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1) Does LSP also apply to interfaces, meaning that we should be able to use a class implementing a specific interface and still get the expected behavior?

2) If that is indeed the case, then why is programming to an interface considered a good thing ( BTW- I know that programming to an interface increases loose coupling ), if one of the main reasons against using inheritance is due to risk of not complying to LSP? Perhaps because:

a) benefits of loose coupling outweight the risks of not complying to LSP

b) compared to inheritance, chances that a class ( implementing an interface ) will not adher to LSP are much smaller

thank you

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up vote 4 down vote accepted

Does LSP also apply to interfaces, meaning that we should be able to use a class implementing a specific interface and still get the expected behavior?

LSP applies to the contract. The contract may be a class or an interface.

If that is indeed the case, then why is programming to an interface considered a good thing ( BTW- I know that programming to an interface increases loose coupling ), if one of the main reasons against using inheritance is due to risk of not complying to LSP? Perhaps because:

It's not about an interface or a class. It's about a violation of the contract. Let's say that you have a Break() method in a IVehicle (or VehicleBase). Anyone calling it would expect the vehicle to break. Imagine the surprise if one of the implementations didn't break. That's what LSP is all about.

a) benefits of loose coupling outweight the risks of not complying to LSP

ehh?

b) compared to inheritance, chances that a class ( implementing an interface ) will not adher to LSP are much smaller

ehh?

You might want to read my SOLID article to understand the principle better: http://blog.gauffin.org/2012/05/solid-principles-with-real-world-examples/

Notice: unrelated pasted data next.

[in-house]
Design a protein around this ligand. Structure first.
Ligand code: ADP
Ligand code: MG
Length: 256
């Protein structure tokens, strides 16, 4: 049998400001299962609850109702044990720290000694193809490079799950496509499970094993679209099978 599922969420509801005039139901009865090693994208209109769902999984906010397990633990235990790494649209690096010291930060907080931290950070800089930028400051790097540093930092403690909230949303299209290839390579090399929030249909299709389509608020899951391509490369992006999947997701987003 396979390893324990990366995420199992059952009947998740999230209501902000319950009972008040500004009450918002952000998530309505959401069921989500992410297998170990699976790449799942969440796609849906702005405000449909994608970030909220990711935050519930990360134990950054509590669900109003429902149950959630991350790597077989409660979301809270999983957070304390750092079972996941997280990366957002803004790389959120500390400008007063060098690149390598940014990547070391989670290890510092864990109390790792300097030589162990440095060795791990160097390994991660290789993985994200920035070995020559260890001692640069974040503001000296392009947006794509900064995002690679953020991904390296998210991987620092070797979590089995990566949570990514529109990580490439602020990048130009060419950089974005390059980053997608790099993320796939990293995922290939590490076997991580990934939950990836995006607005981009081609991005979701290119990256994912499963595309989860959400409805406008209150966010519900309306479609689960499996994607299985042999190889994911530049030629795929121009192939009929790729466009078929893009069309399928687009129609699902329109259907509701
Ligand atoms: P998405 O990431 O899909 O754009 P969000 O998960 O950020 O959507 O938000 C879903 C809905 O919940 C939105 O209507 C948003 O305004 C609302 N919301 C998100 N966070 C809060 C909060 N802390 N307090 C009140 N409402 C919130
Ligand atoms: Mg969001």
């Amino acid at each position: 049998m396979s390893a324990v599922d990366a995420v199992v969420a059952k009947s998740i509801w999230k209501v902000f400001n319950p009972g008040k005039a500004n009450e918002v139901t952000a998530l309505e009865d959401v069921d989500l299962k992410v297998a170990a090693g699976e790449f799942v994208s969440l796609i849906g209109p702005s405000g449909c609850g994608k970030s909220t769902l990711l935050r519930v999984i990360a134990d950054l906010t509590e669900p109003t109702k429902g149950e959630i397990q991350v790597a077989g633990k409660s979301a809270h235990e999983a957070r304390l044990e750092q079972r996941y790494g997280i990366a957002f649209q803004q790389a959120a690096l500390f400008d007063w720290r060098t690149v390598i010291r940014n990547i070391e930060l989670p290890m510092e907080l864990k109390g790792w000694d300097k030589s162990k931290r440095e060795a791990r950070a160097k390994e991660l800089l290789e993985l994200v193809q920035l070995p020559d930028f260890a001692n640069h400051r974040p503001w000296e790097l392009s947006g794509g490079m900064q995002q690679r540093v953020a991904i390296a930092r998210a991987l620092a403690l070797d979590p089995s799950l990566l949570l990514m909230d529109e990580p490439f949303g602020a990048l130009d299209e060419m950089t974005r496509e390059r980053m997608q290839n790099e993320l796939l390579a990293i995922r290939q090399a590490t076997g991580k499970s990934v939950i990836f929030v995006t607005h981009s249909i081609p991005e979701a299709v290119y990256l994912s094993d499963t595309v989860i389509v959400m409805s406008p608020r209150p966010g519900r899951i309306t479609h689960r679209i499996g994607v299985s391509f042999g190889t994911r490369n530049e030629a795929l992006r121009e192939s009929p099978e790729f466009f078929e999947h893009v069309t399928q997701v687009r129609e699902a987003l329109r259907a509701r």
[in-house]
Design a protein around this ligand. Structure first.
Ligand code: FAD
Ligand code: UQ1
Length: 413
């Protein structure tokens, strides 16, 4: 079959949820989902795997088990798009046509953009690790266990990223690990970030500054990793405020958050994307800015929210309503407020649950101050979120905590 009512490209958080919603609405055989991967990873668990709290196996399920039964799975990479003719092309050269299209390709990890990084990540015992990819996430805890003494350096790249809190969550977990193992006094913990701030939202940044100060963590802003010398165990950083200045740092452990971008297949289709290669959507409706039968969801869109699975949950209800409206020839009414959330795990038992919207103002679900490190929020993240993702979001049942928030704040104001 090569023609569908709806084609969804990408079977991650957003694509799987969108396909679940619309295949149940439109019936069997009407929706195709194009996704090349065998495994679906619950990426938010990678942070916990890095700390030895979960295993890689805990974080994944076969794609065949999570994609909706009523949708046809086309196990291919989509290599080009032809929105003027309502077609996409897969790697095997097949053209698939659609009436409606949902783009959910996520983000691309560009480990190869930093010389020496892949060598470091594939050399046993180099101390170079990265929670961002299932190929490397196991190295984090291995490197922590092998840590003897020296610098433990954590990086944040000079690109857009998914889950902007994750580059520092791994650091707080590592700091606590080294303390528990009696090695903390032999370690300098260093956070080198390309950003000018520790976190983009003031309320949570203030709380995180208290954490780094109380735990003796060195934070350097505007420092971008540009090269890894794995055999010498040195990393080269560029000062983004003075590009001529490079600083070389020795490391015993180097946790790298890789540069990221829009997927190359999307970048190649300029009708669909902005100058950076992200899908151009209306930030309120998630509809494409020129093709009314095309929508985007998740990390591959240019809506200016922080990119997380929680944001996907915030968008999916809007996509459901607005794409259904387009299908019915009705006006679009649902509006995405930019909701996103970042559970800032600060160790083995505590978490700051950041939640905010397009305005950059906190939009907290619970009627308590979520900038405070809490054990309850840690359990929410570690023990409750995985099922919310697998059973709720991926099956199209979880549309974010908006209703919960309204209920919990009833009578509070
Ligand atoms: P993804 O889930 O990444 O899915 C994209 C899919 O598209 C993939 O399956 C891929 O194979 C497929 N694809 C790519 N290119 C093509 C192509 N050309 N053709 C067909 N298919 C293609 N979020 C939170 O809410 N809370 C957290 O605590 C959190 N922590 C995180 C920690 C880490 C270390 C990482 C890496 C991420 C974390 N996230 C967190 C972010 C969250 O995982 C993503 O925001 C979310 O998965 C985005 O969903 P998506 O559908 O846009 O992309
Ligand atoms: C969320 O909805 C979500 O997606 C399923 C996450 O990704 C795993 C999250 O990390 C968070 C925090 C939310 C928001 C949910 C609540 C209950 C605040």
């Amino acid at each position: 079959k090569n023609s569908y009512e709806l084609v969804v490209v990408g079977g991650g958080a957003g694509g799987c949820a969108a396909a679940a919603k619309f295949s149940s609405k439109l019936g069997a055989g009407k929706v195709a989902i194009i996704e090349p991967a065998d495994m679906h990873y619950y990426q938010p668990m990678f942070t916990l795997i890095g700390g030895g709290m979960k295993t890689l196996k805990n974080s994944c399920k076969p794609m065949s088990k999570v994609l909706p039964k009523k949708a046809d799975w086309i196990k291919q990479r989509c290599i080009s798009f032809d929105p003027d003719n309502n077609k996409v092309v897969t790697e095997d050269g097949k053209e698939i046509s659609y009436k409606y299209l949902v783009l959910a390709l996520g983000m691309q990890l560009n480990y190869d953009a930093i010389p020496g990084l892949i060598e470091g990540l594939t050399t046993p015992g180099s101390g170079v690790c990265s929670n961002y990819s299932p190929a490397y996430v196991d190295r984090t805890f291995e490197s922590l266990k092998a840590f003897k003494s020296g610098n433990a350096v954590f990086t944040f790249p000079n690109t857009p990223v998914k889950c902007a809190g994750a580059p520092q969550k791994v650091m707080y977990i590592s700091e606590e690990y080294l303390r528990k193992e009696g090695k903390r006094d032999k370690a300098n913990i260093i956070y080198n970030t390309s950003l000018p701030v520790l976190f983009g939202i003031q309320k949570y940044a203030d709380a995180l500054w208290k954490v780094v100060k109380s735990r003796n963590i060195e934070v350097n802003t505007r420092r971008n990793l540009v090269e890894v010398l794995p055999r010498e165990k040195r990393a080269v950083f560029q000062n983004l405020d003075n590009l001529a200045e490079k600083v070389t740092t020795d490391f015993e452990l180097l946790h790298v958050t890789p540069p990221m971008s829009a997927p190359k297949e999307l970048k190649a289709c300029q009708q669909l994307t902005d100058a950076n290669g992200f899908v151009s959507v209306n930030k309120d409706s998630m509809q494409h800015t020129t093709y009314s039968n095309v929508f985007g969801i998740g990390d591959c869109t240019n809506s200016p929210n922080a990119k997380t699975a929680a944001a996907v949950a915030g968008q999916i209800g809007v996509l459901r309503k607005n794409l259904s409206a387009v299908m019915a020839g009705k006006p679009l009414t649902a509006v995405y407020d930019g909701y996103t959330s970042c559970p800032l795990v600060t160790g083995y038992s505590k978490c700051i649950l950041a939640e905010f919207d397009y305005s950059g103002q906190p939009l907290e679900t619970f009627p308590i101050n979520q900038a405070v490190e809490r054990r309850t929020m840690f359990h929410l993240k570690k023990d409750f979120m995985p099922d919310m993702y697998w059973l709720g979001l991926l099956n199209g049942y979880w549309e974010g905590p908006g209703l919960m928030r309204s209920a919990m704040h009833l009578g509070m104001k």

Update

To elaborate - with inheritance virtual methods may consume private members, to which subclasses overriding these virtual methods don't have access to.

Yes. That's good. members (fields) should always be protected ( = declared as private). Only the class that defined them really know what their values should be.

Also, derived class inherits the context from parent and as such can be broken by future changes to parent class etc.

That's a violation of Open/closed principle. i.e. the class contract is changed by changing the behavior. Classes should be extended and not modified. Sure, it's not possible all the time, but changes should not make the class behave differently (other than bugfixes).

Thus I feel it's more difficult to make subclass honour the contract than it is to make class implementing an interface honour it

There is a common reason to why extension through inheritance is hard. And that's because the relationship isn't a true is-a relationship, but that the developer just want to take advantage of the base class functionality.

That's wrong. Better to use composition then.

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1  
"Anyone calling it would expect the vehicle to break. Imagine the surprise if one of the implementations didn't break. That's what LSP is all about." I understand that. – user1483278 Sep 3 '12 at 18:59